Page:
Tuesday, 08 August 2017 09:00

The new disrupted normal

The new disrupted normalAutomation is poised to shake up the legal industry. How can students prepare for a shifting career landscape?
Published in Features
Monday, 31 July 2017 09:00

Tackling corruption

Photo: Elizabeth Delage
Photo: Elizabeth Delage
Working on Quebec’s Charbonneau Commission was a once-in-a-lifetime opportunity for Simon Tremblay.
Published in Departments
Junior in-house counsel: Ethical challenges and professional obligations to considerWorking as in-house counsel could mean you might wear many different hats for the benefit of your client. You may be legal counsel on top of other responsibilities — marketing consultant, human resources advisor, corporate speechwriter and note-taker, among other roles.
Published in Web exclusive content
Transitioning to lead counsel: How junior lawyers can make the leapThe first few years of legal practice are tough. But once you’ve got a handle on the job, the next step is to transition to more senior roles. This transition can be summarized in two key steps: 1) Build hard skills; and 2) Earn your employer and/or client’s trust to take on lead counsel roles.
Published in Web exclusive content
Monday, 31 October 2016 09:00

Life after corporate law

Life after corporate lawAt the end of summer 2013, I decided to leave my career as a New York City corporate lawyer behind.
While there were many reasons for why I chose to leave practice, the most important one was my dream of becoming a writer. Three years later, I may finally be on my way.
Published in Web exclusive content
Monday, 03 October 2016 09:00

A second chance

Photo: Dustin Rabin
Photo: Dustin Rabin
Candy Palmater says she learned some valuable lessons in her journey from practising law to being a high-profile comedienne
Published in Departments
Monday, 01 August 2016 09:00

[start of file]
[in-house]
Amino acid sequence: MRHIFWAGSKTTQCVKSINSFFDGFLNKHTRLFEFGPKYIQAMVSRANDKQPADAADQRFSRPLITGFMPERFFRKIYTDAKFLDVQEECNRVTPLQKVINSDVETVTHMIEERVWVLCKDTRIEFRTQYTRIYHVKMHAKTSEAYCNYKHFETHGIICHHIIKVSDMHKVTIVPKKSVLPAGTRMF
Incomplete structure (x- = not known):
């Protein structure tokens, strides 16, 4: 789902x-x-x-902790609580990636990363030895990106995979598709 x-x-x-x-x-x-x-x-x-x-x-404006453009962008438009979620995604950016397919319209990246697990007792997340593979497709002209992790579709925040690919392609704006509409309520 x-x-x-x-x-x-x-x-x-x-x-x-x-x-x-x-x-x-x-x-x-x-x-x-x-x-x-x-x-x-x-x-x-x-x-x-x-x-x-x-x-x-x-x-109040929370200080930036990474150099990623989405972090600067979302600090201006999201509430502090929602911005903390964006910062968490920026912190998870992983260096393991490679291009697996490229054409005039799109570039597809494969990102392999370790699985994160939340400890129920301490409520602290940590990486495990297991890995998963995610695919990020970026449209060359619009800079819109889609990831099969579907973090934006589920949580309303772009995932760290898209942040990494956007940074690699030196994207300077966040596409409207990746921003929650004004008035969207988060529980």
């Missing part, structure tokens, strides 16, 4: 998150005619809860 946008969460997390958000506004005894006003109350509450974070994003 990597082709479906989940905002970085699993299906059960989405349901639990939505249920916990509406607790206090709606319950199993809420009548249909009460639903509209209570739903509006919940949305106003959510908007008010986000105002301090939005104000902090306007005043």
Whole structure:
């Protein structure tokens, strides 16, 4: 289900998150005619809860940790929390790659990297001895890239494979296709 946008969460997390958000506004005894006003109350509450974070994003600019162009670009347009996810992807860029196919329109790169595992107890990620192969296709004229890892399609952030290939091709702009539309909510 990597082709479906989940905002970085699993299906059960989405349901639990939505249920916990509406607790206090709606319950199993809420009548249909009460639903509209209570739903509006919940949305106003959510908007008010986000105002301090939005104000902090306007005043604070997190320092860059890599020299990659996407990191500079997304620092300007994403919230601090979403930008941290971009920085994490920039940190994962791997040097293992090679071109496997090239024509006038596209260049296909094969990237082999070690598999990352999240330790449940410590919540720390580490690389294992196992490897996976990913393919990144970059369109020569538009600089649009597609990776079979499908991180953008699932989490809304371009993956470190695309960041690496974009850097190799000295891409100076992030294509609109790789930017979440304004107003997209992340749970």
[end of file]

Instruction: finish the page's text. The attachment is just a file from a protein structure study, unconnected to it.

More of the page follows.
Guiding principles

Illustration: Dushan Milic
Illustration: Dushan Milic
Almost all Canadian law students intend to practise law when they get out of law school. It’s different in some other jurisdictions. In Europe, for example, a law degree often leads to government service, or a business career, or a job in journalism. Europeans think the study of the law develops analytical skills that can be put to general use. But in Canada a law faculty is considered a trade school and its denizens single-mindedly look forward to setting up legal shop as soon as possible. They are anxious to graduate with everything they need to begin practising. One of the things they require but may not have is a moral lodestar. If you are entering the practice of law you should believe — you need to believe — in some guiding principles. Without them you’re more likely to mess up your life and career.
Published in Commentary
Monday, 18 April 2016 09:00

Should I stay or should I go?

Should I stay or should I go?While we know the perils of believing that the grass is greener on the other side, we also know that the times of staying with one employer for the entire length of one’s career is very much over. Today, people expect to change employers numerous times throughout their careers. In fact, it is very common to use each new job as an opportunity to obtain promotions and increases in your salary greater than the average 3 per cent annual salary increase people get for staying with the same employer.
Published in Latest News
Monday, 18 January 2016 09:00

Time for a change?

Time for a change?

Time for a change?

Humans are creatures of habit. We are prone to getting comfortable quickly and tend to like maintaining the status quo, especially when it comes to our jobs. Making a change requires a lot of ground work, it involves meeting new work colleagues, learning a new role, new processes, new reporting structures, sometimes a new industry and, most importantly, moving away from your comfort zone.

Published in Latest News
Monday, 12 October 2015 09:00

Opportunity is knocking

Opportunity is knockingDuring my term representing the Ontario Bar Association, I met many individuals keen on the possibility of working in a sole and small firm, and willing to relocate to do so. There were law and articling students, lawyers wanting to leave a big firm, and others lawyers moving to Canada. But few knew how to proceed other than by following up on the few job ads posted.
Published in Web exclusive content
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